How to discover theme (simple version)
- Observe what the characters in a story say and do.
- Ask yourself what were the consequences of those actions.
How to describe theme (simple version)
- Themes are a complete sentence.
- Themes never contain character names.
- A theme is true for everyone — young or old, rich or poor.
Theme help for pantsers
Laura Drake would not forgive me if I left this part out. Many pantsers have no idea what the theme is until they are done with the first draft. That is their discovery draft, when they find out all the magic that lurks below the story they were compelled to write.
That's okay, pantsers. You can put the magic into the second draft. Your theme will still be there, waiting to be defined and refined by you. Rome wasn't built in a day, and neither is your story. You'll nail theme in the editing process.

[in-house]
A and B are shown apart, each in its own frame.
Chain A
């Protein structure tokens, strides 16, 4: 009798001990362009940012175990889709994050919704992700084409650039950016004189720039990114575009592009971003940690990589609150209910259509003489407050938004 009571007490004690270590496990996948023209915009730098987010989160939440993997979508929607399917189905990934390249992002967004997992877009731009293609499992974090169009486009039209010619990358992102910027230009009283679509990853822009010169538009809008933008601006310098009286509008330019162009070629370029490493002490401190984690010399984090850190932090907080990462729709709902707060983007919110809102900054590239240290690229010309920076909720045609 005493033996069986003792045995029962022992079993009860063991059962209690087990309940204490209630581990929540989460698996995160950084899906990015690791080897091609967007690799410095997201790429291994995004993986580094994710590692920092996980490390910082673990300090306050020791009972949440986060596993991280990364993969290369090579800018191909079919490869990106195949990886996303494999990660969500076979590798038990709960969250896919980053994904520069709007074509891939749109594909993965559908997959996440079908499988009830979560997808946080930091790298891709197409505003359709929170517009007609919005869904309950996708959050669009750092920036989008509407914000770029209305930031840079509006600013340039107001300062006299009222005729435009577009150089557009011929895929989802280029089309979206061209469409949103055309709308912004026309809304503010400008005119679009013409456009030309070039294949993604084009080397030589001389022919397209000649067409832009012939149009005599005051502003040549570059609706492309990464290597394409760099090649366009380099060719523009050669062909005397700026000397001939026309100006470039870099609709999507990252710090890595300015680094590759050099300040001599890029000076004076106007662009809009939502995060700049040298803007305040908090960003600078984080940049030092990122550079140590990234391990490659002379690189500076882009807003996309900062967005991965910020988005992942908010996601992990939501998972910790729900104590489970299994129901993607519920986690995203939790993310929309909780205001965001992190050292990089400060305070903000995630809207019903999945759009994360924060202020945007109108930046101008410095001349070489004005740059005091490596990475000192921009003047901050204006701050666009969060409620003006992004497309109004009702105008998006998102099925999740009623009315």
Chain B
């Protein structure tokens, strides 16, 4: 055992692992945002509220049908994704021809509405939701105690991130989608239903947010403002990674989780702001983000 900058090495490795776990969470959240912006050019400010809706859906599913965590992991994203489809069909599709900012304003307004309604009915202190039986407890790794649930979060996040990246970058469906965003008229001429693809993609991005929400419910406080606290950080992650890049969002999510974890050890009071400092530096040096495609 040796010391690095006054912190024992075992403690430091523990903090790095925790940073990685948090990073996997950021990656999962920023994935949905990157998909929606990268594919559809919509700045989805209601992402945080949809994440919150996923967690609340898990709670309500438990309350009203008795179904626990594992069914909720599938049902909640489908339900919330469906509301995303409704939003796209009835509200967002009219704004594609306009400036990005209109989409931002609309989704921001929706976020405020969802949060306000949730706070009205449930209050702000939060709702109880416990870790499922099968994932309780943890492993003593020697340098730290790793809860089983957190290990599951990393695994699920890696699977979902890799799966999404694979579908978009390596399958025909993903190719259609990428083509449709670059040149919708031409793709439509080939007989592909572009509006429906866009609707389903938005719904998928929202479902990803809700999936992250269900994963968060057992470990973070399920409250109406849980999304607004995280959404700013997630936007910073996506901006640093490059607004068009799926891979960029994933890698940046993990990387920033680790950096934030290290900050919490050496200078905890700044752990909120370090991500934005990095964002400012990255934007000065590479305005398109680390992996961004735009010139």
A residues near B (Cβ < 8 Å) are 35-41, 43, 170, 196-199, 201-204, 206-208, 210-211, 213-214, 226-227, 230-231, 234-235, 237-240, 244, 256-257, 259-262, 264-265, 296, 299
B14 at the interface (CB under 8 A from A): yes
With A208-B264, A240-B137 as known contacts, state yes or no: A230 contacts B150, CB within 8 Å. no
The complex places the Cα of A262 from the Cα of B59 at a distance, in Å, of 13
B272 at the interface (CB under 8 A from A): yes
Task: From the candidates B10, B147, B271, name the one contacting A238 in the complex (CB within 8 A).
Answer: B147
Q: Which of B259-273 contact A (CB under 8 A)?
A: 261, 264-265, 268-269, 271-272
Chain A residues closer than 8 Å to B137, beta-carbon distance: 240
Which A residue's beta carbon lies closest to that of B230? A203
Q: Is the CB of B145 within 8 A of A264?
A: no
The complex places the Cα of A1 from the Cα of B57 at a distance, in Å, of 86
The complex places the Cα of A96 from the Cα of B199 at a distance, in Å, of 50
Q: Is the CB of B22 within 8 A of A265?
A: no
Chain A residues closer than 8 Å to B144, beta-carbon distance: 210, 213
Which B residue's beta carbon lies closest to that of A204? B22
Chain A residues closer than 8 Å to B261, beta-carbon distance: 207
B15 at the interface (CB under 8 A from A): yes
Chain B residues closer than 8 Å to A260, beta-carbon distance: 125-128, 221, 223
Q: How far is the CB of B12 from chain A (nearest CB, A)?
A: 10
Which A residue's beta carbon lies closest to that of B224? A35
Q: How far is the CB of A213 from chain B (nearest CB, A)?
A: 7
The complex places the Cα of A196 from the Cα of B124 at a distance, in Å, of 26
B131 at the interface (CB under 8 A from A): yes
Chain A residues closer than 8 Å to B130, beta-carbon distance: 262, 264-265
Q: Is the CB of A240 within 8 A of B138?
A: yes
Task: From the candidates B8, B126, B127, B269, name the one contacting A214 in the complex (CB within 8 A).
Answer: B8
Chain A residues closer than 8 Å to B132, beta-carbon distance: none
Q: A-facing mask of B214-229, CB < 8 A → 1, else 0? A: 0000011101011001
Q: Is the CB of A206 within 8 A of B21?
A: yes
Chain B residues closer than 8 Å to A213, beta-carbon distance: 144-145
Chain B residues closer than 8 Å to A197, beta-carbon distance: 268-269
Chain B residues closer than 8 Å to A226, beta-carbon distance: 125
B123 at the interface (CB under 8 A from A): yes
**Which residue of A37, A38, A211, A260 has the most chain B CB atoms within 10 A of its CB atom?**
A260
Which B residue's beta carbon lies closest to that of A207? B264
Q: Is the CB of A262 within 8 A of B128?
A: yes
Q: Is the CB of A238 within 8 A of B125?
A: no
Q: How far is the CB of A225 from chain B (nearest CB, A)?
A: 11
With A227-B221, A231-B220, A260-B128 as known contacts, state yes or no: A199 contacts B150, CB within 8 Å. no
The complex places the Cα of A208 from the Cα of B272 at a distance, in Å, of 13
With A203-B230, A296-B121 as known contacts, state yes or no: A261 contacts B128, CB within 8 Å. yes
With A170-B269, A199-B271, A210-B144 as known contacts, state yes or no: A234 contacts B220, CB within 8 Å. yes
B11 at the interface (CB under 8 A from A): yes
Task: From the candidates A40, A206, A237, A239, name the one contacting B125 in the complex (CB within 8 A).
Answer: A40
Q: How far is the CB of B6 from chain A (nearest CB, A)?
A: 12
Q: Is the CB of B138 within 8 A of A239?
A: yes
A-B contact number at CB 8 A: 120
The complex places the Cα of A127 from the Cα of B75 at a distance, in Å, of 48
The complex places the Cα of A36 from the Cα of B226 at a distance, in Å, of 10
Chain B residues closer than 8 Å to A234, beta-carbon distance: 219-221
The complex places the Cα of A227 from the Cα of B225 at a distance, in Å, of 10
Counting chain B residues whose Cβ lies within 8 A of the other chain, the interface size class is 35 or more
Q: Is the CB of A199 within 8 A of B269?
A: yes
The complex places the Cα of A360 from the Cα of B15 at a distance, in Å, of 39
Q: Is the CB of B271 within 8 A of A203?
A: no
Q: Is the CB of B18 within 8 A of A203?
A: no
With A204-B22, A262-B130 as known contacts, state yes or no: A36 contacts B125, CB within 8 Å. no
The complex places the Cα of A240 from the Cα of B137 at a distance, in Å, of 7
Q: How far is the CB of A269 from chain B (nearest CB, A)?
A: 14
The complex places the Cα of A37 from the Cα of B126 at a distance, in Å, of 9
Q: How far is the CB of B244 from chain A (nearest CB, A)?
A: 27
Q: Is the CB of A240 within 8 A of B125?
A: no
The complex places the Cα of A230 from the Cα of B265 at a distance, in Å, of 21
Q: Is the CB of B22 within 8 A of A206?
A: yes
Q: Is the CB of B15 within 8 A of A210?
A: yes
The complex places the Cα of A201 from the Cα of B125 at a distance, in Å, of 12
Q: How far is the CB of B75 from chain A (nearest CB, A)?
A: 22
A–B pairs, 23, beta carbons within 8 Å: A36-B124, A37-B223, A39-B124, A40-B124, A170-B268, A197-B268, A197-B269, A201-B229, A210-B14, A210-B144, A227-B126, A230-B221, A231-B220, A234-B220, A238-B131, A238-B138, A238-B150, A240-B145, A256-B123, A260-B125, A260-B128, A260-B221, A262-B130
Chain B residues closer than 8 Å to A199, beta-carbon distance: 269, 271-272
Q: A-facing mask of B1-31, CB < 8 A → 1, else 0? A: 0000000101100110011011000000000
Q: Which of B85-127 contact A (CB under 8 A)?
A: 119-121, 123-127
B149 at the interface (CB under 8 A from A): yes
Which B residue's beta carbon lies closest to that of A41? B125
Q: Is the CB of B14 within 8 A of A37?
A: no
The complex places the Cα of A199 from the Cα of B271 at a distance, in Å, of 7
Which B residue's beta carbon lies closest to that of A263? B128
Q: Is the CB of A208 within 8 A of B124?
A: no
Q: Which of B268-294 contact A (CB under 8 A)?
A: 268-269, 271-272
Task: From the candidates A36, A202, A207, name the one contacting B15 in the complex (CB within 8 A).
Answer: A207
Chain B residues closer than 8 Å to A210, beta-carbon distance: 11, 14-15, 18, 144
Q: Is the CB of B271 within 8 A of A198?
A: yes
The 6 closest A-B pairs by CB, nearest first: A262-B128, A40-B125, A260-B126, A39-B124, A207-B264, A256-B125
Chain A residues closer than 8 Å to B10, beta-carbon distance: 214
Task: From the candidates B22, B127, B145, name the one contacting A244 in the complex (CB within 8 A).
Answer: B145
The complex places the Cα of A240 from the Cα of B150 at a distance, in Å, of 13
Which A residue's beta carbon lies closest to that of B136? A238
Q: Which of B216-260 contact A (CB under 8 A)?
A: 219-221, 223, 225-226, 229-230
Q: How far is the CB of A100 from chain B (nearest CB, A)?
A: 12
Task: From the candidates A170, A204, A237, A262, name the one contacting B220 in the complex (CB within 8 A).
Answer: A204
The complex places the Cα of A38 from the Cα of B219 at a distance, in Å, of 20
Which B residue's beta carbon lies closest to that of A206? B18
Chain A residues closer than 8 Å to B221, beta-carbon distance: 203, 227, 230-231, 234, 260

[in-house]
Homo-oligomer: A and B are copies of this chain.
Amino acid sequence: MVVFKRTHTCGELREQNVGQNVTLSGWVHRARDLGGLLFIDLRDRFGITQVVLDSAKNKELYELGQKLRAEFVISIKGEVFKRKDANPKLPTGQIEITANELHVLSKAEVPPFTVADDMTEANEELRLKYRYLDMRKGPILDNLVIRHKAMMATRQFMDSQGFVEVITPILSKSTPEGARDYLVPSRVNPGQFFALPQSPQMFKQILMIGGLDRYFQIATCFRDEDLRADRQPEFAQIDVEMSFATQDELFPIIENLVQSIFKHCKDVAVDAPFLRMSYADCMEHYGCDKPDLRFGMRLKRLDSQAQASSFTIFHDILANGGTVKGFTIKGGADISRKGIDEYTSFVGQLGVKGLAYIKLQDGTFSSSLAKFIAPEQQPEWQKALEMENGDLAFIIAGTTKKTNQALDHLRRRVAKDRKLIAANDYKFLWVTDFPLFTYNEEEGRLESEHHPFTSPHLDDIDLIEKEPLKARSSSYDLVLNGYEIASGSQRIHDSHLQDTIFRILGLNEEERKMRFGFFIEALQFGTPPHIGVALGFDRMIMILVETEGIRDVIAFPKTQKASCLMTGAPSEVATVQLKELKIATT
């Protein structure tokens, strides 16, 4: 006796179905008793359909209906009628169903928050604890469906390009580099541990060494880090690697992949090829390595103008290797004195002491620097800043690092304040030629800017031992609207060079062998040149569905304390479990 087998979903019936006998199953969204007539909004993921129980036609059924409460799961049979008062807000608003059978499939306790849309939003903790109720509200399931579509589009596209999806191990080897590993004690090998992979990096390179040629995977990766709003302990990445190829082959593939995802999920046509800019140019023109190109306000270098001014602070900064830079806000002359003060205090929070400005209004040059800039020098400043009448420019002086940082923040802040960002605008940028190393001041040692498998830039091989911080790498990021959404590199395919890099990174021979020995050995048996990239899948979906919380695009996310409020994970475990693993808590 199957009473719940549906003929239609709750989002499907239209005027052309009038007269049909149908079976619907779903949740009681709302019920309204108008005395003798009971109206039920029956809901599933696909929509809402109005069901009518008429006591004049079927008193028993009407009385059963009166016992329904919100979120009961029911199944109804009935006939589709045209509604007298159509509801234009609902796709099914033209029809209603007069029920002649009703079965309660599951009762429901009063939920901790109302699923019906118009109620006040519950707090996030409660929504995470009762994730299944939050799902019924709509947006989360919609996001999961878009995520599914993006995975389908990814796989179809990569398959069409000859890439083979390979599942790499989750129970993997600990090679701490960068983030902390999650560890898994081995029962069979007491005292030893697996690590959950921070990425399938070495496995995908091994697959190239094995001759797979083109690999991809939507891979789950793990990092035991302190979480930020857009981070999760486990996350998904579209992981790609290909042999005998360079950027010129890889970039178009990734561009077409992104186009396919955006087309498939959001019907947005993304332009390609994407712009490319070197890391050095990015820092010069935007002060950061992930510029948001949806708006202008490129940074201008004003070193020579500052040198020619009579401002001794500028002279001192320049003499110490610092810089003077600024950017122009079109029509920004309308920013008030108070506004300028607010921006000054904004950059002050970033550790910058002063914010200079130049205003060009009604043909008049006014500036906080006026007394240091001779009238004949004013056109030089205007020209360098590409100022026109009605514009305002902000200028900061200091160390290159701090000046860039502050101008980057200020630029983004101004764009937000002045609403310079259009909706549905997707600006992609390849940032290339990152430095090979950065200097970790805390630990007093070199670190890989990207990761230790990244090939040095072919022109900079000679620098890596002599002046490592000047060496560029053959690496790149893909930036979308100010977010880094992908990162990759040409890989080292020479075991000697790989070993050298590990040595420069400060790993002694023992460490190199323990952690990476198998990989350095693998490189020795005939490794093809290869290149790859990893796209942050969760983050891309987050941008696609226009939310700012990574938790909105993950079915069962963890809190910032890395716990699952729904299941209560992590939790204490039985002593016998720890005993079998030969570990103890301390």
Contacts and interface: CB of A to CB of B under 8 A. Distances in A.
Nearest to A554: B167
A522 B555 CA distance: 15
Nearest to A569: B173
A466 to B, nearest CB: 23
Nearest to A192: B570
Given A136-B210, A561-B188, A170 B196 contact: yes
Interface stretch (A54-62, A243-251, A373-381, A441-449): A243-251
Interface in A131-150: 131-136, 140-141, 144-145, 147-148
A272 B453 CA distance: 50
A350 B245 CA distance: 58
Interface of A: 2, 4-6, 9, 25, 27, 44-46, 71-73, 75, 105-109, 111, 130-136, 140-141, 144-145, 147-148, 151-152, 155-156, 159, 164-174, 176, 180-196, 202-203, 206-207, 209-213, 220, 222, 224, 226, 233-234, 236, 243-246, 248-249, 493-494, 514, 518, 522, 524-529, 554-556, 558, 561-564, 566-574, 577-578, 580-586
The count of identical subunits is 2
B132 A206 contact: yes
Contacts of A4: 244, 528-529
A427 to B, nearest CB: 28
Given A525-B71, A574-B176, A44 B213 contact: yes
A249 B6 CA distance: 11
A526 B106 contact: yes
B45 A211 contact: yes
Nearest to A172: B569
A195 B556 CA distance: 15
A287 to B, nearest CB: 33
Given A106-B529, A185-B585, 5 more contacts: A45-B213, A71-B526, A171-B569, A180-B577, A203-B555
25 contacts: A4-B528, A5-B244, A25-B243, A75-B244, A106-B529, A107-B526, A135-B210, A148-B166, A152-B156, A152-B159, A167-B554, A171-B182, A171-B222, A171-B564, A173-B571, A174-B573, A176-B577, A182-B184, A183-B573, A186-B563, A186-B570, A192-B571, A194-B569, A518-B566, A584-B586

Do you know your story's theme from the beginning, or learn it as you go along? Do your themes surprise you? Do you have themes you write about over and over again?
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By day, Jenny provides training and social media marketing for an accounting firm. By night she writes humor, memoir, women’s fiction and short stories. After 20+ years as a corporate software trainer, she’s delighted to sit down while she works.
Everyone has seen Mr. Mom, right? My favorite line from the whole movie is when Michael Keaton is dropping his kids off at school, pulling into the circular drive against traffic, and like four moms tell him, "You're doing it wrong."
Look, I'm not saying I'm the Mother of Social Media (although I'm probably old enough to be), but I've seen and heard things there that make me mad. Not because Newbies don't know better, but because there's so much wrong information floating around out there. These poor beleaguered writers are running from one platform to another, freaking about their numbers, tearing their hair, and screaming, "BUY MY BOOK!" Then ramping up, when people don't.